Mercury Rising: Warnings In Pregnancy And Infancy
Mercury: a Known Toxin
It has been known for a long time, that mercury is a toxic and dangerous substance that effects the developing nerve system in an adverse way. Web MD offers this report:
“Mercury is very dangerous to children. Relatively low concentrations keep a child’s brain from developing normally. Kids with mercury poisoning have problems with thinking, language, memory, motor skills, perception, and behavior. “
The CDC further states:
“Two groups are most vulnerable to methyl mercury: the fetus and pregnant women. Premature babies are more vulnerable because they tend to be very small and their brain is not as developed as a full term baby”.
Richard Weisman, MD, a toxicologist at the University of Miami School of Medicine and director of the Poison Control Center for South Florida tells us, “There is no doubt that mercury is one of the worst [toxins affecting the brain]”.
Although warnings of toxic mercury exposure has gotten significant press, routine administration of mercury to pregnant women and children has not been as clearly defined for the consumer.
Mercury in Foods
Cautions about eating too much fish in pregnancy and while nursing because of mercury exposure has had frequent media coverage. MY Web MD writes, “Fish and shellfish are an important part of a healthy diet, however nearly all fish and shellfish contain traces of mercury. Some studies have found dangerously high levels of mercury in some fish enough to cause harm to an unborn baby or a young child’s developing nervous system. This is a cause for concern for the health of women of childbearing age, those who are nursing, and young children. To protect the developing fetus from the effects of mercury in fish, the U.S. FDA advises against eating shark, swordfish, king mackerel, and tilefish during pregnancy and in women of childbearing age. Some states also urge expectant moms to limit canned tuna consumption to 7 ounces a week. ” 1
The title “Canned tuna or canned poison?” was the teaser for a CBS 2 News “Health Watch” report that focused on high levels of mercury found in tuna and the possible health risks associated with them. CBS reporter Paul Moniz quoted a number of physicians, who observed effects of the toxic substance, “Once it gets into our bodies, a substantial part of it will end up in our nervous system, in our brains, and it’s there that it causes a variety of symptoms.”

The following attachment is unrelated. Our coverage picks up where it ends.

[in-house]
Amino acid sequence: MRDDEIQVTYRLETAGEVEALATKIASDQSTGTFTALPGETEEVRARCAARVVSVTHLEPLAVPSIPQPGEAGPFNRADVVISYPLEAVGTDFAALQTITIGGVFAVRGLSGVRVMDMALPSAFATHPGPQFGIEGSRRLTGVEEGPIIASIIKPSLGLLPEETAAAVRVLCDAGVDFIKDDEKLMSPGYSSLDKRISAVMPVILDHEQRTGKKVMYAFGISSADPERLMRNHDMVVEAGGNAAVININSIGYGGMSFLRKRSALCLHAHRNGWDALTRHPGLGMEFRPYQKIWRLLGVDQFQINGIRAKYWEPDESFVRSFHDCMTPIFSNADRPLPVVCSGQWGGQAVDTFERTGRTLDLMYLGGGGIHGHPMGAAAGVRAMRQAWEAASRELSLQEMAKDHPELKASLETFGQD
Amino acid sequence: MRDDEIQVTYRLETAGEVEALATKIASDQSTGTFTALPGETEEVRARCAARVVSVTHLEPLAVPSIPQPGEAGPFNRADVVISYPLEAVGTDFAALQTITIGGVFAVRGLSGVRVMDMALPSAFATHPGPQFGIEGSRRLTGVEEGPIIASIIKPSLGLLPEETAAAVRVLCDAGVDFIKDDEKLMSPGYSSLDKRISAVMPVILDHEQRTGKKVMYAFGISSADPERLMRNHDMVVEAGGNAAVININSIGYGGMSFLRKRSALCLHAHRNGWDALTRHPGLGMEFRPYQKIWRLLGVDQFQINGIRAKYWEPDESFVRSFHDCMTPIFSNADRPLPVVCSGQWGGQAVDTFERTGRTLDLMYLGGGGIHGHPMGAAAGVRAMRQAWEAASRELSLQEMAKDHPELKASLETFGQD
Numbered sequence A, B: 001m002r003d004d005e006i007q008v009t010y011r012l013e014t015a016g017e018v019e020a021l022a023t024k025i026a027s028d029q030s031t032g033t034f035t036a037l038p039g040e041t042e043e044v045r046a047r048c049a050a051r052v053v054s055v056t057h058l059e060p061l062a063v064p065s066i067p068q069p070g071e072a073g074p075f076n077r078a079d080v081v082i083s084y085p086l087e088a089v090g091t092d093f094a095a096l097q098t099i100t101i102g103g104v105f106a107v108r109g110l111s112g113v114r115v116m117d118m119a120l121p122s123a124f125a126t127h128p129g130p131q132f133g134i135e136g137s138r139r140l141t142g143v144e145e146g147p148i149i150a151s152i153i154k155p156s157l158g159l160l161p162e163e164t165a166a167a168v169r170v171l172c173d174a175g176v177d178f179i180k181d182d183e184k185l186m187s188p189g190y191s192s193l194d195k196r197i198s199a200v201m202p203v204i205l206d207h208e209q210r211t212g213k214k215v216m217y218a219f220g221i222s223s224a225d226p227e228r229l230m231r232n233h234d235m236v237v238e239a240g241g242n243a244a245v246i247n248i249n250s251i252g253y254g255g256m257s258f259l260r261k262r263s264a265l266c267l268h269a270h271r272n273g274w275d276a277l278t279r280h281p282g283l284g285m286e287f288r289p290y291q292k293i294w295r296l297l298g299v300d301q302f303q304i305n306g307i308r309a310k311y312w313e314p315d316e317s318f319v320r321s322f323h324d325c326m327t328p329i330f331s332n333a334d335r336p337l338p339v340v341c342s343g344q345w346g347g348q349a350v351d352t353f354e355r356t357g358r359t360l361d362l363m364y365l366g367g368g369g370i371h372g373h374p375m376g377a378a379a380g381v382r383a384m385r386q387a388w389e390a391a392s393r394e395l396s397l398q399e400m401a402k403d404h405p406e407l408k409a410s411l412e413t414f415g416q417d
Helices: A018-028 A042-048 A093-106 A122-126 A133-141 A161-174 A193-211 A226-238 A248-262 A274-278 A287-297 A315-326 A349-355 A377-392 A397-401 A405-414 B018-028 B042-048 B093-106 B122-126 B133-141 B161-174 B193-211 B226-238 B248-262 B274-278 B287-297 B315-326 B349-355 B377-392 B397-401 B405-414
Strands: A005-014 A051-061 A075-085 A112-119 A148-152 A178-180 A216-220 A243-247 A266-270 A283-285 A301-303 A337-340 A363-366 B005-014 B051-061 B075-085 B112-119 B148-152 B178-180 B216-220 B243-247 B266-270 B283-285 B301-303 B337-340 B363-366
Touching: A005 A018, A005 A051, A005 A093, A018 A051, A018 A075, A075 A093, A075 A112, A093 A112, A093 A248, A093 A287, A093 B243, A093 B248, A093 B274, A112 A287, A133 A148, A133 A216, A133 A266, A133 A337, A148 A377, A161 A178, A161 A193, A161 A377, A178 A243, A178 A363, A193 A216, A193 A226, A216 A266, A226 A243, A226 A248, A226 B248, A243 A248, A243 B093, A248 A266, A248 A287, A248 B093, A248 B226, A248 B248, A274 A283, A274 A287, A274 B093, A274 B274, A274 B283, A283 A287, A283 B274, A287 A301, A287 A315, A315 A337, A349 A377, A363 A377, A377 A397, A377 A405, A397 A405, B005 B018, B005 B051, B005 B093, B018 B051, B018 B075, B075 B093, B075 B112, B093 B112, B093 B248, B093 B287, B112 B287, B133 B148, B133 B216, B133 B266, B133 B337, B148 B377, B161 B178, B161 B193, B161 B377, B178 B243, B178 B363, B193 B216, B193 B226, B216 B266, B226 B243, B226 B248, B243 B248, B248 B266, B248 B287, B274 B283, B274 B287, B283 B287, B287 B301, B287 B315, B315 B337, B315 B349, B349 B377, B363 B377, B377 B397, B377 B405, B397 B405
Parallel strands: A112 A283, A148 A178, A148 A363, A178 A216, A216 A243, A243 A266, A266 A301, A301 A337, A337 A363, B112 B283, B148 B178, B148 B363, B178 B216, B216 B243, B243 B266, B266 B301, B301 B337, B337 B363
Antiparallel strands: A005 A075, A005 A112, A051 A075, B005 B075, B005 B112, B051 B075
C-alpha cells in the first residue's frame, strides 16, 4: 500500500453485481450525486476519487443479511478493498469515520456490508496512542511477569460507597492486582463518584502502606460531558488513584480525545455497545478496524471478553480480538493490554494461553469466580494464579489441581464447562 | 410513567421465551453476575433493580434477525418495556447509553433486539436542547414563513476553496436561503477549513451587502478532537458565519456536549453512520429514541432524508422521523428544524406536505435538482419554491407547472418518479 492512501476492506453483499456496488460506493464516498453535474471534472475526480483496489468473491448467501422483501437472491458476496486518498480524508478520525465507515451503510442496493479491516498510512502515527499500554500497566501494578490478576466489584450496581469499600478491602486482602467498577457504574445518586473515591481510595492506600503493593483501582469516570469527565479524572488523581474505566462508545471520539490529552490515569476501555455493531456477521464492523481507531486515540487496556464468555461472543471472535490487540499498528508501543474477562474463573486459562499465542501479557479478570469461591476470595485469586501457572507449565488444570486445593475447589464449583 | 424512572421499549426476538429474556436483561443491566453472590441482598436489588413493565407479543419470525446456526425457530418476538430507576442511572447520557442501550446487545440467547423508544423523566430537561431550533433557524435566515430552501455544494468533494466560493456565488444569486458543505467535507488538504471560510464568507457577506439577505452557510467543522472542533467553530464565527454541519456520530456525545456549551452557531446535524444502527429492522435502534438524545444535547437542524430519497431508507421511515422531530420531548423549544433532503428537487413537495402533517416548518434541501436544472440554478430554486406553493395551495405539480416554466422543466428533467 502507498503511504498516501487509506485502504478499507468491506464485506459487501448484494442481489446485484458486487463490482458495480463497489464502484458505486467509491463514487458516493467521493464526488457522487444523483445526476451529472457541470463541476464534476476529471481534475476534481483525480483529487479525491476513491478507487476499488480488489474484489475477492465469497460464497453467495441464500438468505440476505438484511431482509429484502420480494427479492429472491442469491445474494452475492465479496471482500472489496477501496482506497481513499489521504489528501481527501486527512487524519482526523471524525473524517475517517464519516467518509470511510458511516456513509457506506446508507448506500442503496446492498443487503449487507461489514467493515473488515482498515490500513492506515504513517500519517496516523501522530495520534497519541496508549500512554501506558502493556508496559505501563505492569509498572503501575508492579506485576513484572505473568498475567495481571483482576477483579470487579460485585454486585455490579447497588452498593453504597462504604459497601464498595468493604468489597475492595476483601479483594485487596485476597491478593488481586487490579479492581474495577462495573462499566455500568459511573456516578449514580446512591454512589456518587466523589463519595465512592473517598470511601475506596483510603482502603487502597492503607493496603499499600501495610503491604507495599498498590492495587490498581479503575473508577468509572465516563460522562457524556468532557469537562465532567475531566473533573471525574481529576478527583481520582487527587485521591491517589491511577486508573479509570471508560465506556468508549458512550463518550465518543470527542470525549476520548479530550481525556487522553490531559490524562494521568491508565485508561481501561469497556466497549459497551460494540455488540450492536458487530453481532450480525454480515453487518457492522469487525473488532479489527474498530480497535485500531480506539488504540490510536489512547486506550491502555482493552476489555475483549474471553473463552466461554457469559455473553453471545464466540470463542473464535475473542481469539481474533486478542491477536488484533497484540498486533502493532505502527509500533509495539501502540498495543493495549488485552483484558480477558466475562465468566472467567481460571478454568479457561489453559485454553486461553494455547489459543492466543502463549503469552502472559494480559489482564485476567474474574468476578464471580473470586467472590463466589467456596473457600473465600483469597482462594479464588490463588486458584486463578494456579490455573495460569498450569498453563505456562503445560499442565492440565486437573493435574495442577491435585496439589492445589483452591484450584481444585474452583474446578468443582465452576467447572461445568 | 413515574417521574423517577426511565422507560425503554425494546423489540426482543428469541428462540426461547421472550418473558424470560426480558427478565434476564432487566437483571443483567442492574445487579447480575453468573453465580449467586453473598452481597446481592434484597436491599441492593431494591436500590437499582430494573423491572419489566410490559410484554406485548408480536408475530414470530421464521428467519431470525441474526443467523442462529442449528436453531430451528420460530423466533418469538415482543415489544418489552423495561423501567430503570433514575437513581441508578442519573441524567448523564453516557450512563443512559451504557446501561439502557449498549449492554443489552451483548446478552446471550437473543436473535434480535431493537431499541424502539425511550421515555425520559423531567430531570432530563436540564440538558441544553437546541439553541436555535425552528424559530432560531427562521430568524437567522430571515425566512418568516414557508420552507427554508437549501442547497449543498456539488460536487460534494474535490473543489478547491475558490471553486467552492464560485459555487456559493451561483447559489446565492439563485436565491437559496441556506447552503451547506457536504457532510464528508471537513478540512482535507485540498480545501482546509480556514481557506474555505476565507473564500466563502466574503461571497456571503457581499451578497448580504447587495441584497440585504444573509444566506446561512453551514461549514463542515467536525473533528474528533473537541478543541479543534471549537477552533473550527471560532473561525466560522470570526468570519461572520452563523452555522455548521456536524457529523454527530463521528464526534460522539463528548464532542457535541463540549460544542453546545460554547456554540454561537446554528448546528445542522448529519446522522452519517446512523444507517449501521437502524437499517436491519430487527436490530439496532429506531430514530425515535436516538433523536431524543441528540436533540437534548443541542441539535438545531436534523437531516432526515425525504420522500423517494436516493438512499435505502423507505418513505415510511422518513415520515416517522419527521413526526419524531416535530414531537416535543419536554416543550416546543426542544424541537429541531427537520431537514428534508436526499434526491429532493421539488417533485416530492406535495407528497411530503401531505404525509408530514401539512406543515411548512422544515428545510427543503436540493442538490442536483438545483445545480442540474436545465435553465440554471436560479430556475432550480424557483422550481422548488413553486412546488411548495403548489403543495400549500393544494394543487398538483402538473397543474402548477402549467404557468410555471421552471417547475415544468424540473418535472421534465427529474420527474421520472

An interviewed pediatrician said, “We know that high levels of mercury can impair the cognitive development as well as the growth and development of a young child.” What the report appears to be revealing is that while overweight Americans may resort to fish to shed unwanted pounds, too much fish in their diets could reduce the IQ more than the waistline. 2
Mercury in Vaccines
Thimerosal, a mercury derivative has been routinely used as a preservative in vaccines. For years, grass roots groups have warned about the potential hazards of vaccine ingredients including the presence of mercury in vaccines. However, until the vaccine/ mercury/ autism relationship was officially reported, the public was virtually clueless about the presence of this neurotoxin in vaccines and its adverse effects. Thanks to the continued efforts of various consumer groups there have been significant strides in educating the public and government officials about their concerns of mercury in vaccines. These efforts have eventually brought forth a wave of awareness, new policy and research. 3,4
On July 7, 1999, the American Academy of Pediatrics and the United States Public Health Service finally issued a joint statement that because of the “neuro-developmental effects posed by exposure to thimerosal”, “thimerosal-containing vaccines should be removed as soon as possible.” The PHS and AAP recognized that because of thimerosal in vaccines, some children would be exposed to “a cumulative level of mercury over the first six months of life that exceeded one of the federal guidelines on methyl mercury.” Hospitals around the country responded by halting the administration of the thimerosal containing vaccine for hepatitis B at birth, deferring vaccination until the baby was older and more developed.
In an effort to reduce parental fears, numerous studies were published giving a false sense of security to parents. One study published in the Lancet, November 2003 hit the media with this misrepresented headline: “Mercury Levels in Vaccines Are Safe: Study Suggests Infants Are Not at Risk” 5 This small study examined mercury levels in the blood, urine, and stool of 40 infants given vaccinations containing thimerosal and 21 infants who received thimerosal-free vaccines and showed that in a 60 day period, there was virtually no mercury in the blood.
But Neal Halsey, MD, director of the Institute for Vaccine Safety at Baltimore’s Johns Hopkins Bloomberg School of Public Health had this warning to heed, “This is a good study, and it helps us to understand the metabolism of ethyl mercury associated with thimerosal, but one thing we don’t know from this study is what the peak levels of mercury are shortly after vaccination.” Halsey cautioned the definitive answer to the safety question is at least several years away. That is when results are expected from a separate government follow-up study of children exposed to differing levels of thimerosal.
“Everyone has a small amount of mercury in their body from different exposures,” he tells WebMD. “The question is what level is associated with harm in young children.” 5
Perhaps a more accurate title for the article would have been “Safety of Toxic Mercury Levels in Children Following Vaccines Remains Unknown.” Then perhaps parents and expectant mothers would question proponents as to why mercury remains in diptheria, tetanus, meningiococcus, and flu vaccines.